Thursday, October 10, 2013

Insecure? Not Me ... by Maryann Miller


A long time ago I wrote a funny little piece about an insecure writer who had been writing in secret because she was afraid to let anyone know what she was doing. If her husband asked why she was spending hours in the closet, her response was, "Oh, just sorting clothes. Sorting takes a long time, you know."

Then she finally had to come clean, so to speak - I could go off on a whole riff about doing the laundry, but perhaps that is better saved for another time.

The woman in my original essay - I called her Glenda Gibberish - was telling her best friend about her writing.

"I've been writing all my life, but I never told anyone."
"Why not?"
"I didn't want anyone to laugh at me."
"How have you kept it a secret from your husband?"
"I wrote a whole book on squares of toilet tissue and stuck them inside the empty roll."
"Really? And how has that worked out?"
"Fine, until my husband decided the hamster needed a new chew toy. I lost a whole chapter."
"Ouch!"
"Yeah, ouch. He choked on a particularly graphic sex scene."
"Your husband?"
"No. The hamster."
"Well, don't worry. Your secret is safe with me."
"Actually. I wish you would tell a few people. My book comes out next month."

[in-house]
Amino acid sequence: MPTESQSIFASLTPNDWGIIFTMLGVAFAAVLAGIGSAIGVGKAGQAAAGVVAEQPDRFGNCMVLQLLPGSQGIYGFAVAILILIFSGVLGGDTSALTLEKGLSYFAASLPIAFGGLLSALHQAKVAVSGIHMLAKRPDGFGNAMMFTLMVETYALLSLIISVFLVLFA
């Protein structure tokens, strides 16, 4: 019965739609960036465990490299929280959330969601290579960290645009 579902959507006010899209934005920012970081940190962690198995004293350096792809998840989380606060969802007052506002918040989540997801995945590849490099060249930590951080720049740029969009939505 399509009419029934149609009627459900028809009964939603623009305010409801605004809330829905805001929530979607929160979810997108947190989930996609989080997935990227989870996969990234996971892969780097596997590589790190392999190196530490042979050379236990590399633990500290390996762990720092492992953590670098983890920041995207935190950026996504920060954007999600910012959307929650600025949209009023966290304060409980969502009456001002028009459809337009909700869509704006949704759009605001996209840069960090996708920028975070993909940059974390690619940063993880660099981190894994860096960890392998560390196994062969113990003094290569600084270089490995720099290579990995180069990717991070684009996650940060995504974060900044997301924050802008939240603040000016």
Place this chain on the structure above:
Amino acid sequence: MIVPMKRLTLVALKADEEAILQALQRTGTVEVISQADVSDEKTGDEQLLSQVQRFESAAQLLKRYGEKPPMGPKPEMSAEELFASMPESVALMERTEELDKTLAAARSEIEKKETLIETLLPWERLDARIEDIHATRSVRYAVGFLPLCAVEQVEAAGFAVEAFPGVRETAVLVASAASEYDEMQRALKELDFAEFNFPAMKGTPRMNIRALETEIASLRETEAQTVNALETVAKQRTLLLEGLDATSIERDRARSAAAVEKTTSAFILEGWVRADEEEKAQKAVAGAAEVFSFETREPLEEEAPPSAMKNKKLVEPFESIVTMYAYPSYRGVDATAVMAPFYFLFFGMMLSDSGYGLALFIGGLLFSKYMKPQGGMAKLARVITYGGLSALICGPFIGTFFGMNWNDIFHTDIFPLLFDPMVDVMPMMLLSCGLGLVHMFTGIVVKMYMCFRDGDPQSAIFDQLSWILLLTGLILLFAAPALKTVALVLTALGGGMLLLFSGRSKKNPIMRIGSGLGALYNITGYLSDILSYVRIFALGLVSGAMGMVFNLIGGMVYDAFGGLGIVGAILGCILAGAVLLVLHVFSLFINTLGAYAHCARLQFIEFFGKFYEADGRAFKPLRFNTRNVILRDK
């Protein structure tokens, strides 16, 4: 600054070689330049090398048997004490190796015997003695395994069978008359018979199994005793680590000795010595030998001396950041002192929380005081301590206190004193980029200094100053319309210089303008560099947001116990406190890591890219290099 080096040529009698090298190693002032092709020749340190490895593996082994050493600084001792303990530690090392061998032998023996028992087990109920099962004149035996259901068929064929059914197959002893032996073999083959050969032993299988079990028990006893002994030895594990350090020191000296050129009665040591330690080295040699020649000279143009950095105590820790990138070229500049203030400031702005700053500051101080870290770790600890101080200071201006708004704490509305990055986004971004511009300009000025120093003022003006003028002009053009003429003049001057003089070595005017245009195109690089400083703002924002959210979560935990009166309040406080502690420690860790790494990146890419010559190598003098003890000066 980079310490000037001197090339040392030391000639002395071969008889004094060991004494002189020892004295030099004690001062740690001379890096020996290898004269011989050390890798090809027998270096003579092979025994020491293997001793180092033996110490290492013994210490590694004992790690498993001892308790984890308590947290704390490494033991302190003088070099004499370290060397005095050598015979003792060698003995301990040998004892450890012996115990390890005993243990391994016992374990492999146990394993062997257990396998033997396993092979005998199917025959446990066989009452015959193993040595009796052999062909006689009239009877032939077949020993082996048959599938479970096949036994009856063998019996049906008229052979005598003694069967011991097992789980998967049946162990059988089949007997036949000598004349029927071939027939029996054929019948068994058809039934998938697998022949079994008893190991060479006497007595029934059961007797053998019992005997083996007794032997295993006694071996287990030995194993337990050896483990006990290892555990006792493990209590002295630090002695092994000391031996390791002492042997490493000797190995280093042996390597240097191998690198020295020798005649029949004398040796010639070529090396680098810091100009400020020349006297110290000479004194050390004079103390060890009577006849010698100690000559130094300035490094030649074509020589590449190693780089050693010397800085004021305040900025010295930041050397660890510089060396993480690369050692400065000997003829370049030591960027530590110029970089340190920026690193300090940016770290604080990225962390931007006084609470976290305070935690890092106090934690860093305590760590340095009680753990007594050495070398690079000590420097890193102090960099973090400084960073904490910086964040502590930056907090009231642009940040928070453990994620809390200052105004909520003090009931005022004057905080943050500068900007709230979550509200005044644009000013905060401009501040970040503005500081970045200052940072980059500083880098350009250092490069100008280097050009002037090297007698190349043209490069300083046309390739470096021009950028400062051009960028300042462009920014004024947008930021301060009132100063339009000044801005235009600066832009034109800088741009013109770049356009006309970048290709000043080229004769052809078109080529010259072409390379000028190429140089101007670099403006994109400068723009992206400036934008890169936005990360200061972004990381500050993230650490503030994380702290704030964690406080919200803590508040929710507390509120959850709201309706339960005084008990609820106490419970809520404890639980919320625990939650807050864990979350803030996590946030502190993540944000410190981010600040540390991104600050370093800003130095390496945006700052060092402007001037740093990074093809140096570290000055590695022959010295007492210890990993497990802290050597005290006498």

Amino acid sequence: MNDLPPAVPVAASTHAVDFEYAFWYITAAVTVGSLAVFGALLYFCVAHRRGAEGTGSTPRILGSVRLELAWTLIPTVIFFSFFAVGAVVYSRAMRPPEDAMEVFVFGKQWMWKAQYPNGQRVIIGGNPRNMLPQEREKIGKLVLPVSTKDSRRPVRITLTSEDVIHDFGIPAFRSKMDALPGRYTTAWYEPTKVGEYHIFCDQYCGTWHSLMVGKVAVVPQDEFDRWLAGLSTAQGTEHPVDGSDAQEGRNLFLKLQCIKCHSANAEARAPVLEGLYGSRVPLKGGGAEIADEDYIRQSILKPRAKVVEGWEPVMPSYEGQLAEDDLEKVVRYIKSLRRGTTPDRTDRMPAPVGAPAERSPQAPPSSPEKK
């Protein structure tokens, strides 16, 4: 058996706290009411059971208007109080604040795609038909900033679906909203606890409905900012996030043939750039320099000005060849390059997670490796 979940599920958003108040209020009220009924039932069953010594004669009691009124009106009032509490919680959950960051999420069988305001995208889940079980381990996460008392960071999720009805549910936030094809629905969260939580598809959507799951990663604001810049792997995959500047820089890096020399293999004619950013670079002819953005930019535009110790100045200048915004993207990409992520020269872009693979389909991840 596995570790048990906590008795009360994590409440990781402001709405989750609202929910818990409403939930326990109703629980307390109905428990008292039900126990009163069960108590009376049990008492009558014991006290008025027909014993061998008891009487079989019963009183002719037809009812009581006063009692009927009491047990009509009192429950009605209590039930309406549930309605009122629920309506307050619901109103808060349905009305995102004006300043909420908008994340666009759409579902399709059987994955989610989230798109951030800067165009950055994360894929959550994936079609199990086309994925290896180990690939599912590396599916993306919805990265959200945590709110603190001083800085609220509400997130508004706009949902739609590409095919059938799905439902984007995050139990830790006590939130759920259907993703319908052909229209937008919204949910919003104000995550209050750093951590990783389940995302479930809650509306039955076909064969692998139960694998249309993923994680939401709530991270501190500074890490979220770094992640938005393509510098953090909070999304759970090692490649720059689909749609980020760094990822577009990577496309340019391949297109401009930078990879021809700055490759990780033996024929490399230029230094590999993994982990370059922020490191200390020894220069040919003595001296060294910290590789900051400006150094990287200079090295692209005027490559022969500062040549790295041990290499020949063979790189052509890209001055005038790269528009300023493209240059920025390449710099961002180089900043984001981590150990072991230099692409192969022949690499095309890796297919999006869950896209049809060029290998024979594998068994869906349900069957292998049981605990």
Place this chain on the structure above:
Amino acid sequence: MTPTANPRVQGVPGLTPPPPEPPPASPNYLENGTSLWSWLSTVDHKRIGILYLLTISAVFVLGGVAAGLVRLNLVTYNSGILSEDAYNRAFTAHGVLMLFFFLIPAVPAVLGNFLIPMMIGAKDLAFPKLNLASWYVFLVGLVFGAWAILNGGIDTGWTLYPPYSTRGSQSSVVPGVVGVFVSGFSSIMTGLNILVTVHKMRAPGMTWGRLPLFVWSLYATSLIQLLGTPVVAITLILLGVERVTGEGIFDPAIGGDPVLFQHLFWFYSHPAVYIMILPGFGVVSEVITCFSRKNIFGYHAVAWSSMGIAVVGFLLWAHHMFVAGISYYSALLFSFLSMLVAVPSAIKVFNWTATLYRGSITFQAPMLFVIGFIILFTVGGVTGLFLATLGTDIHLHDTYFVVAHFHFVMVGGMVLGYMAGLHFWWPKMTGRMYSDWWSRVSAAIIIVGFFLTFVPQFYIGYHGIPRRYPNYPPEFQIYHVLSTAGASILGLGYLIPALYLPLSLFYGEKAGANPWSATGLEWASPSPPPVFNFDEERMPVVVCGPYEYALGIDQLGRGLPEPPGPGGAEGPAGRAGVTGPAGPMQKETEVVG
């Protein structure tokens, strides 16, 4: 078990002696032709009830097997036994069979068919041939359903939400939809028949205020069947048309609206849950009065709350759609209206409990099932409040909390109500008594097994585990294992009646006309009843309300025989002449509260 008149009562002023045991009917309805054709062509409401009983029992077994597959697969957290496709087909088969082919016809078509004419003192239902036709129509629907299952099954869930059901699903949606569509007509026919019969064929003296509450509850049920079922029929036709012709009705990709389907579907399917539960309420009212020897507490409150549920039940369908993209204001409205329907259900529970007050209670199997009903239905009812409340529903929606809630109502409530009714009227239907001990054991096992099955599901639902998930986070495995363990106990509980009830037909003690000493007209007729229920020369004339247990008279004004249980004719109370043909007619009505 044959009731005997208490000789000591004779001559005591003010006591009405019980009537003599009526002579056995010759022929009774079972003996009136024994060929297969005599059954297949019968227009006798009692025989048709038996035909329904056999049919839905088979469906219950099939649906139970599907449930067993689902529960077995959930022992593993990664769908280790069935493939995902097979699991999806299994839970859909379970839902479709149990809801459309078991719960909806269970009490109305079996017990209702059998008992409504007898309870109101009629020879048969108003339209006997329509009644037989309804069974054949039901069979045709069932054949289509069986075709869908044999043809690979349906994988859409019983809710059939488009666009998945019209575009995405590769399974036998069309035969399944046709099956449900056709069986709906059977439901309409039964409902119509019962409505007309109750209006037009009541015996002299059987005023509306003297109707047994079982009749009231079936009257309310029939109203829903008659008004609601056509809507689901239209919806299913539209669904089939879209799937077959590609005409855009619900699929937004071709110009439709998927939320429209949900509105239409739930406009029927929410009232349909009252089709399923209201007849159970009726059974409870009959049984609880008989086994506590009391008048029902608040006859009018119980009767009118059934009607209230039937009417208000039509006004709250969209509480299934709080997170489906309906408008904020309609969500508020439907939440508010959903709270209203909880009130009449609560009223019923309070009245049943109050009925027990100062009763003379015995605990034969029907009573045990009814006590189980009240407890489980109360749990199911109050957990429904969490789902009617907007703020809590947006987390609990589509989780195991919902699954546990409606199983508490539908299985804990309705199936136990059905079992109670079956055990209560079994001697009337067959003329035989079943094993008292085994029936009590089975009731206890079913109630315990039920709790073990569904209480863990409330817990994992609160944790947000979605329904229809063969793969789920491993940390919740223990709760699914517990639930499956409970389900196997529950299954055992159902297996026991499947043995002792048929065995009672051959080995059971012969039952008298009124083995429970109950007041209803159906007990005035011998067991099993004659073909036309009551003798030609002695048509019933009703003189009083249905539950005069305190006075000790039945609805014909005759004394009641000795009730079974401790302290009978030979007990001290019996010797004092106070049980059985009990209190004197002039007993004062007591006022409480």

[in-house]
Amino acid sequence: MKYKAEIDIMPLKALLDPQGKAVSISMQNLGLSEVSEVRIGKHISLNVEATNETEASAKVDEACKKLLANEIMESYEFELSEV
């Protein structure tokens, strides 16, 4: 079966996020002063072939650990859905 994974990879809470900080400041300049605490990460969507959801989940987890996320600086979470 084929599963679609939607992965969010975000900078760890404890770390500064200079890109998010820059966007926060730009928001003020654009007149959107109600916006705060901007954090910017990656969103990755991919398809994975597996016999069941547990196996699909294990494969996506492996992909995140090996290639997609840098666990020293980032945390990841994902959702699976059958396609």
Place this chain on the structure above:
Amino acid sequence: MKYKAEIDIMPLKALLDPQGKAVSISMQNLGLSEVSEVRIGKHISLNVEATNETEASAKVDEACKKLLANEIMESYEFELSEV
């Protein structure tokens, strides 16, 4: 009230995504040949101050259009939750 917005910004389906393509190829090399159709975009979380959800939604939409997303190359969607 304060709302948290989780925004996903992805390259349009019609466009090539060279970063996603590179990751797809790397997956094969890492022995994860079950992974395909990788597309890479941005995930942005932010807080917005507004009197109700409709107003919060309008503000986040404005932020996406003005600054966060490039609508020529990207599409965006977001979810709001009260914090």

I wrote that piece so long ago there was no Internet and no online groups and blogs and social sites for writers to gather and support each other. If one did not belong to a writer's group, the writing was a solitary and lonely business. Most writers did not have to hide their writing the way Glenda did, but they did share in her insecurity, and the opportunity to get validation did not come along very often.

Rejection slips are hardly validating.

For a long time my own insecurity was like some huge monster I battled constantly. I was doing freelance journalism, so the rejection slips were frequent and it took me a while to stop wailing at the mailbox every time an article was returned. Along the way I learned some things.